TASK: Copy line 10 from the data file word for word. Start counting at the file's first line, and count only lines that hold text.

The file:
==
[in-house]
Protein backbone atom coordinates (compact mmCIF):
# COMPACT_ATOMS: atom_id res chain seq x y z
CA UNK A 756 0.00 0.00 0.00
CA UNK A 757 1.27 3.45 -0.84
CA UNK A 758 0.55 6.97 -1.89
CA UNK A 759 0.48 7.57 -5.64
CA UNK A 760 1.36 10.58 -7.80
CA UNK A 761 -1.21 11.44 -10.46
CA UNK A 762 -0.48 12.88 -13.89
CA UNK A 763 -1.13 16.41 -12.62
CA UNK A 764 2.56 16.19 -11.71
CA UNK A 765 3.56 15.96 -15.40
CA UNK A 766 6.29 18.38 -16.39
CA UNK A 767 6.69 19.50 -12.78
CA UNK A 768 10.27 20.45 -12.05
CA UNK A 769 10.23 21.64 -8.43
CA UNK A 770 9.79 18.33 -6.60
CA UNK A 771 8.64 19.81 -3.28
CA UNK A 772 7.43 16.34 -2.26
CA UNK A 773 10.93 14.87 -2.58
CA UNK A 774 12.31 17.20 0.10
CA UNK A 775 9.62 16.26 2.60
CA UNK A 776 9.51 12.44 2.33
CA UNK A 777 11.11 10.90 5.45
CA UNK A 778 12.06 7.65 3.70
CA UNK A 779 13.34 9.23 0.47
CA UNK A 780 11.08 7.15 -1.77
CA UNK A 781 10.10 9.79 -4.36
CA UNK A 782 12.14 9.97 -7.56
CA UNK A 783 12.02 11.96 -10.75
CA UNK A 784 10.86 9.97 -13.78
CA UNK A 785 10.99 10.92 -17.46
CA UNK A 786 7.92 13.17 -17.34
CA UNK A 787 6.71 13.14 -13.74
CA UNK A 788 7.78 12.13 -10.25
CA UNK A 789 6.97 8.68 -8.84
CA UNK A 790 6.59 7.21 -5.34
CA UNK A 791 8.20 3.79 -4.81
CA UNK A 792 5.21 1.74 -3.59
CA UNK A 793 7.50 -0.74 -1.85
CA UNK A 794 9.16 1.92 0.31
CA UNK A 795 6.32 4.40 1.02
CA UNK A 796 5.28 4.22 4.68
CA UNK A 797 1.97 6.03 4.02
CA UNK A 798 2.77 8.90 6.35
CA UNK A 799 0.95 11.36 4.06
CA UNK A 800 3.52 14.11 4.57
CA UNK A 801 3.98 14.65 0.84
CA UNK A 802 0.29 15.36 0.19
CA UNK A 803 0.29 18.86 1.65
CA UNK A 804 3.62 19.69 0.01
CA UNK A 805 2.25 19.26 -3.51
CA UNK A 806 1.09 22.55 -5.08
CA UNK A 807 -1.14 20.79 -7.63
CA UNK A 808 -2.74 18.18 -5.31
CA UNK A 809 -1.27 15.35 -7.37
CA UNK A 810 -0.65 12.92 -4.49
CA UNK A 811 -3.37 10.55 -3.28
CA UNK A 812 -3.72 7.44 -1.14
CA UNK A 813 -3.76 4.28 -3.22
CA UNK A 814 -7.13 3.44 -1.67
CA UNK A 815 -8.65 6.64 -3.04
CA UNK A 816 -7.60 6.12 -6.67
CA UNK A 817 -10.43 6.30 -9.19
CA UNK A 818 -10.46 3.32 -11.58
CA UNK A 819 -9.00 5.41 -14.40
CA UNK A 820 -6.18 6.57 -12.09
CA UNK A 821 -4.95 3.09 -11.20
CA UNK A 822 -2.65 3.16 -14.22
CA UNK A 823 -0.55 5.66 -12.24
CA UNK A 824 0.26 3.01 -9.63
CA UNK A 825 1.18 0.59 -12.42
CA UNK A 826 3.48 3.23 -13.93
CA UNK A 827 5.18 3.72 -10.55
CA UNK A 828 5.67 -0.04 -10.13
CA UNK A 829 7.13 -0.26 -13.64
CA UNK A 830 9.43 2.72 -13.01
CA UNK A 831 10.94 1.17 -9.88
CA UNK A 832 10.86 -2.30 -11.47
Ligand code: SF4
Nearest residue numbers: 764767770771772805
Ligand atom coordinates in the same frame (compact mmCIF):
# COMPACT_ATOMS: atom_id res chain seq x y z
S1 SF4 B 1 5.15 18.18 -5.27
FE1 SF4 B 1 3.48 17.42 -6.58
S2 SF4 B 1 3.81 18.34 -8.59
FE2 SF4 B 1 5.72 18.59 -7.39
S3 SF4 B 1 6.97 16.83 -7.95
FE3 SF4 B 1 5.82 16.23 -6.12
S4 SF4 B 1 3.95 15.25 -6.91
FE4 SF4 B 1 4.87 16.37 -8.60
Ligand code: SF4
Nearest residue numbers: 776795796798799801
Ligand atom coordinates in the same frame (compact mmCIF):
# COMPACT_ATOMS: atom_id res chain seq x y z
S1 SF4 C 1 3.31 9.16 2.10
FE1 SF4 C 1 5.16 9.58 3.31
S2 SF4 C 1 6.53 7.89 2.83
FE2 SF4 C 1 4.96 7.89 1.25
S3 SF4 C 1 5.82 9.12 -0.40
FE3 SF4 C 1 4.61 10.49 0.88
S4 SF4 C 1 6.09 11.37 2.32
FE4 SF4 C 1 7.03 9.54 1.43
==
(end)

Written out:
CA UNK A 762 -0.48 12.88 -13.89